Finally, the moment of truth – testing the bridges! Excitement reached its peak as the kids carefully placed books one by one on their ingenious creations. Some bridges proved resilient, while others collapsed on themselves and formed a flat surface but we still tested these flattened bridges as they could hold more books and so the children could see how a bridge fails. One particularly remarkable bridge defied all odds, holding a staggering 47 books without breaking a sweat!
Scavengers to Managers Training:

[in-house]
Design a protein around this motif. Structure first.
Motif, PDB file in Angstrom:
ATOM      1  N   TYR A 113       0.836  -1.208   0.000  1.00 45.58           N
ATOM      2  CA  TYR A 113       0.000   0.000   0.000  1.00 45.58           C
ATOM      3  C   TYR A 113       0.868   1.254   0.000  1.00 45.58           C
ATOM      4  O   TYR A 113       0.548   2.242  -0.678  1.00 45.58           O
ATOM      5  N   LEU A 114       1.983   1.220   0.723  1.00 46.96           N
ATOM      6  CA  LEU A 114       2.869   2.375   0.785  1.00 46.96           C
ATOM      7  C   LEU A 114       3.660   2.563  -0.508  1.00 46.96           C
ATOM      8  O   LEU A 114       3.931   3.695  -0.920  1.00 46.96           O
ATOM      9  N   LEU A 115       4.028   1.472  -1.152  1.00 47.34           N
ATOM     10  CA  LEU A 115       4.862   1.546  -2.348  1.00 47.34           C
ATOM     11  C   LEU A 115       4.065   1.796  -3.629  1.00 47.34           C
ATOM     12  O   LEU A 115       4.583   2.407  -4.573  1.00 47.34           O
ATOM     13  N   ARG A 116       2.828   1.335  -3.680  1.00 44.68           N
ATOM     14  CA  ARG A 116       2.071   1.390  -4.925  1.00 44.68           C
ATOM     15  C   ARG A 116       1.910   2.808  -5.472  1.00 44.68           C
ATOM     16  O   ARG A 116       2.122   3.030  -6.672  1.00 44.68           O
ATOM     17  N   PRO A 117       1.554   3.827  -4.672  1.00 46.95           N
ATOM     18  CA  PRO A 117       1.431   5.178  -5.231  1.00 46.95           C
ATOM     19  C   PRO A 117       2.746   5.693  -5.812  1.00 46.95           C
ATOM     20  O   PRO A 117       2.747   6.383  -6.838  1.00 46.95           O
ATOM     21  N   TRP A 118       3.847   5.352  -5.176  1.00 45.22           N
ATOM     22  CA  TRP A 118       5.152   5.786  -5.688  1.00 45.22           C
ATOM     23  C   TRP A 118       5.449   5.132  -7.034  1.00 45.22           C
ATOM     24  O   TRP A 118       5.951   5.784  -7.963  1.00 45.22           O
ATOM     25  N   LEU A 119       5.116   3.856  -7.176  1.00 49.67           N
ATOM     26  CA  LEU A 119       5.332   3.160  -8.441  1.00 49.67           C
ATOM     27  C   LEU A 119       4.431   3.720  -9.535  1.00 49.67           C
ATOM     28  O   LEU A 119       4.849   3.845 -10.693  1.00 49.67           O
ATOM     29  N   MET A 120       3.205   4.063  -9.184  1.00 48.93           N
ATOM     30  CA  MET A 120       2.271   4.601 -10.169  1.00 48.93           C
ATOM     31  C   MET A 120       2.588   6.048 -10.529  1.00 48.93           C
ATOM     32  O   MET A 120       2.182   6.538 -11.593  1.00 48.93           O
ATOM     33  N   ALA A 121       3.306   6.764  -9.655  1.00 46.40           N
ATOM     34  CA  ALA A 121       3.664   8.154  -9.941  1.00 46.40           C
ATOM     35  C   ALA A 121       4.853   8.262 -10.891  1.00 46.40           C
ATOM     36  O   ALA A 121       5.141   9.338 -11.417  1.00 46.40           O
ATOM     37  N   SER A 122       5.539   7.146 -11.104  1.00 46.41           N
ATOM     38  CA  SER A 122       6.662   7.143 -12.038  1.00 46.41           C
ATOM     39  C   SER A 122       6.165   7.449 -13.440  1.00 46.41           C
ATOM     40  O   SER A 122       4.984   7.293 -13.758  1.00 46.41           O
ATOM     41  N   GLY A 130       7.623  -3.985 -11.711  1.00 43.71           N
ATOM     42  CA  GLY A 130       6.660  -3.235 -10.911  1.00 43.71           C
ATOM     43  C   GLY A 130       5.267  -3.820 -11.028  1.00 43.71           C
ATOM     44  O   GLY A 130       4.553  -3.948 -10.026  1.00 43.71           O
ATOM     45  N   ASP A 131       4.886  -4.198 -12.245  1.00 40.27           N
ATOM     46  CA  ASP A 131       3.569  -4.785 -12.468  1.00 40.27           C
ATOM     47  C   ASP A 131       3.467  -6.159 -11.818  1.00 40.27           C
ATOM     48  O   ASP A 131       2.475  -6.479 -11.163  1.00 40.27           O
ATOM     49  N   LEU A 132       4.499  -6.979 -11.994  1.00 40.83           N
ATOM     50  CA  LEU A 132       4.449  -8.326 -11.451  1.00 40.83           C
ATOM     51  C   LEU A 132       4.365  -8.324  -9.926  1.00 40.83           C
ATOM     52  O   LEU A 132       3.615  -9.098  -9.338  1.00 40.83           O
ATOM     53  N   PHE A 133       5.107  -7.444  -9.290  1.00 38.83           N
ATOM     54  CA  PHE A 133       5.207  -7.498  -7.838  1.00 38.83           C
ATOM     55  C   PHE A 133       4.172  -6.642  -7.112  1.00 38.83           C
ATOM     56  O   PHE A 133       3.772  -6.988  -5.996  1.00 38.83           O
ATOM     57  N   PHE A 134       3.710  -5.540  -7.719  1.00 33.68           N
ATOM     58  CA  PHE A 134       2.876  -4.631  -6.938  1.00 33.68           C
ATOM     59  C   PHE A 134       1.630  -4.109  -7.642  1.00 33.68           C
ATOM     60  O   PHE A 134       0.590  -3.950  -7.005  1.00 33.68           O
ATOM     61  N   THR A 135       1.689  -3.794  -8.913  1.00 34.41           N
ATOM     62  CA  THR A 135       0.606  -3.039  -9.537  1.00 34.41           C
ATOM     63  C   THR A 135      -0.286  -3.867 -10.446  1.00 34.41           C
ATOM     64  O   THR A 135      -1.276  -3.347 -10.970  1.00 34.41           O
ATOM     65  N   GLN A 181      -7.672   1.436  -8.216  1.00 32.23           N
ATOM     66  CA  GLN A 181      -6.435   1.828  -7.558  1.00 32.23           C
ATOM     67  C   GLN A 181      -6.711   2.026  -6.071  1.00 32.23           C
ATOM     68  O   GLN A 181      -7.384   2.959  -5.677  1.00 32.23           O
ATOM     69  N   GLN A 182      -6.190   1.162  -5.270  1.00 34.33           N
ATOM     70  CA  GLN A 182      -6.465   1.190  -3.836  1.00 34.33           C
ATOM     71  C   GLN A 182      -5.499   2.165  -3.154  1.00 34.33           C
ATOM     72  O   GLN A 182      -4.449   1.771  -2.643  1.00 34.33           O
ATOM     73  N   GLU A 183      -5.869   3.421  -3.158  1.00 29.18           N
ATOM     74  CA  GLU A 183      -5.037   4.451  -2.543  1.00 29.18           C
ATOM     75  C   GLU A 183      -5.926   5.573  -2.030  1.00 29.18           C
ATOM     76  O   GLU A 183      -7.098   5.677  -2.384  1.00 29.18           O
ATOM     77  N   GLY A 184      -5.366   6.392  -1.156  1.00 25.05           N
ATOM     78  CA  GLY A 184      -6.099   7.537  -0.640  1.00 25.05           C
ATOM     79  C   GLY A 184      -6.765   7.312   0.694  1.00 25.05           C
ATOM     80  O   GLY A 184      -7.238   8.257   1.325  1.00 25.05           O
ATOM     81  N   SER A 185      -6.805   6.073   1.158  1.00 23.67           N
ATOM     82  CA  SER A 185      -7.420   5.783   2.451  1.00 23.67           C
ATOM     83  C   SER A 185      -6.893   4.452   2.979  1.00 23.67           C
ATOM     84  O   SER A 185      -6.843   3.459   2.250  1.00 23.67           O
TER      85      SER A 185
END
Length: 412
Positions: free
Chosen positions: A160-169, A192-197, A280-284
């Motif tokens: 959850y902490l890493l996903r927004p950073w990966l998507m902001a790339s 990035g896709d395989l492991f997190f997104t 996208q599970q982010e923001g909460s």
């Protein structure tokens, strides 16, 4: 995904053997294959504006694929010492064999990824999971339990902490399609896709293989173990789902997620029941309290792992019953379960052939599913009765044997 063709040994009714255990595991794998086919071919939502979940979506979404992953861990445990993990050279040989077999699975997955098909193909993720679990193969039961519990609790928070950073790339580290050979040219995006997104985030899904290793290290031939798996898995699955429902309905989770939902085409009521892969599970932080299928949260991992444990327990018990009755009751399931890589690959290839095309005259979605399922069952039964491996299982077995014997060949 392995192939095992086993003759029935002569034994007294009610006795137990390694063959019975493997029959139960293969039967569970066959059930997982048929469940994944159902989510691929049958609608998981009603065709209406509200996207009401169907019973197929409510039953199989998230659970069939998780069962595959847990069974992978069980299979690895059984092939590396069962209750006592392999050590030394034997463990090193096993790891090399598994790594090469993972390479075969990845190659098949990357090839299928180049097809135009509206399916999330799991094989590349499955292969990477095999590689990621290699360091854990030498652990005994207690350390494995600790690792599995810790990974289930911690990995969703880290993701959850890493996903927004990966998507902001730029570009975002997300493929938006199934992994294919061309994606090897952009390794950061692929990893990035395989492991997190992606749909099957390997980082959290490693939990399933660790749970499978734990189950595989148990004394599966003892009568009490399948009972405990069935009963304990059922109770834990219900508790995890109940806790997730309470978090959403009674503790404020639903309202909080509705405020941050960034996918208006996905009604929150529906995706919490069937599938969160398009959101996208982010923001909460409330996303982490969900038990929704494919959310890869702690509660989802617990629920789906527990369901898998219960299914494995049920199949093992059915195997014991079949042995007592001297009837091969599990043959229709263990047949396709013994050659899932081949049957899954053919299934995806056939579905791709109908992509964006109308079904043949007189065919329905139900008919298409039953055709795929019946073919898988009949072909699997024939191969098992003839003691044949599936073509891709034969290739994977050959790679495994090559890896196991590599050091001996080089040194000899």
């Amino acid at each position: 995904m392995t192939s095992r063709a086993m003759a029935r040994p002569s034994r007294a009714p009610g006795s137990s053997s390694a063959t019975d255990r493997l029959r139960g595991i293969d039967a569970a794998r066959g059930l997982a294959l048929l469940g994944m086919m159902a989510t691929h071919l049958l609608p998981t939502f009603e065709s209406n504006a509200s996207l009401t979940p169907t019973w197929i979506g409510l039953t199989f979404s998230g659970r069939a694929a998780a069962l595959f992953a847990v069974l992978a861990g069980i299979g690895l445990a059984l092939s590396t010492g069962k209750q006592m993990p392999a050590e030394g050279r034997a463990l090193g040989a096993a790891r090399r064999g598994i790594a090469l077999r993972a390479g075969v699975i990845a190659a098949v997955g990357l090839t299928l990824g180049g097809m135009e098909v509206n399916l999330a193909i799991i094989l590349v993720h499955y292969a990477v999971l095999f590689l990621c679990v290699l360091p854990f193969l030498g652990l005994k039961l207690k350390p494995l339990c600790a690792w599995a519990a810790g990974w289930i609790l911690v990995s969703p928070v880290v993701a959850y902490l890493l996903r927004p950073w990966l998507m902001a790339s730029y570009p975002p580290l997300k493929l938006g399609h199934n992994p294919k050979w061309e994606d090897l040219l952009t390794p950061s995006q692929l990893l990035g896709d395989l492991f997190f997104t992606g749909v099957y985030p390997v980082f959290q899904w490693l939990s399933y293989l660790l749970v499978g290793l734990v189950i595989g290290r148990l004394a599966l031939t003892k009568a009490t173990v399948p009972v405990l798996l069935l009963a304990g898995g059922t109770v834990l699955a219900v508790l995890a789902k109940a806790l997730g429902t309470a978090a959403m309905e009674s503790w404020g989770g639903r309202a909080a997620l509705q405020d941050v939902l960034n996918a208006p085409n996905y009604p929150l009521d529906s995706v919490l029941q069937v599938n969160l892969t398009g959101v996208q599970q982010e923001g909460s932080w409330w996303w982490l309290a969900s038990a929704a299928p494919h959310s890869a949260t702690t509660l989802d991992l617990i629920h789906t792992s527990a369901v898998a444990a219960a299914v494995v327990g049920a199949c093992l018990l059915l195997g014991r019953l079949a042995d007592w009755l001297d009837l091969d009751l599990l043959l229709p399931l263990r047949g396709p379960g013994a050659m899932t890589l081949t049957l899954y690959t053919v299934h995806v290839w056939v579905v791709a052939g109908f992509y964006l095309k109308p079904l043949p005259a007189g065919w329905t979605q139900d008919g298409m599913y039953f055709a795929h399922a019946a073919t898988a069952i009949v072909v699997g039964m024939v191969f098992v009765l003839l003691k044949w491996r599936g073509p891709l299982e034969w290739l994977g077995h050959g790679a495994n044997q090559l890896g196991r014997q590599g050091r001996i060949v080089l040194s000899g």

I had the privilege to participate in the weekly training which was conducted by Bilal and Shruti and Kriti. This particular week, the focus was on a pressing health concern in New Delhi – conjunctivitis, commonly known as pink eye disease. With the number of cases on the rise, it was vital to equip the waste pickers with essential knowledge about this infectious condition. The training covered various aspects, including the causes, symptoms, prevention, and available cures for conjunctivitis. Moreover, it aimed to dispel any misconceptions or false beliefs surrounding the disease. The training was not limited to conjunctivitis alone; the waste pickers also learned about the distinctions between viruses, bacteria, and fungi, essential knowledge that empowers them to protect themselves and their communities from potential health hazards. To enhance the learning experience, we ventured outside for a hands-on exercise. We identified common environmental elements that could lead to illnesses, like open stagnant water bodies, which become breeding grounds for harmful larvae and mosquitoes. With the monsoon season in full swing, it became evident that mosquito-borne diseases like dengue and malaria posed additional risks. As a preventive measure, the waste pickers were educated on the significance of using mosquito repellent and mosquito repellent incense at home. Overall, the training session not only equipped the waste pickers with valuable information to safeguard their health but also empowered them to share this knowledge within their communities. It was truly inspiring to witness their dedication to making a positive impact on their surroundings, and I left the session with a profound admiration for their resilience and commitment to creating a healthier and safer environment for all.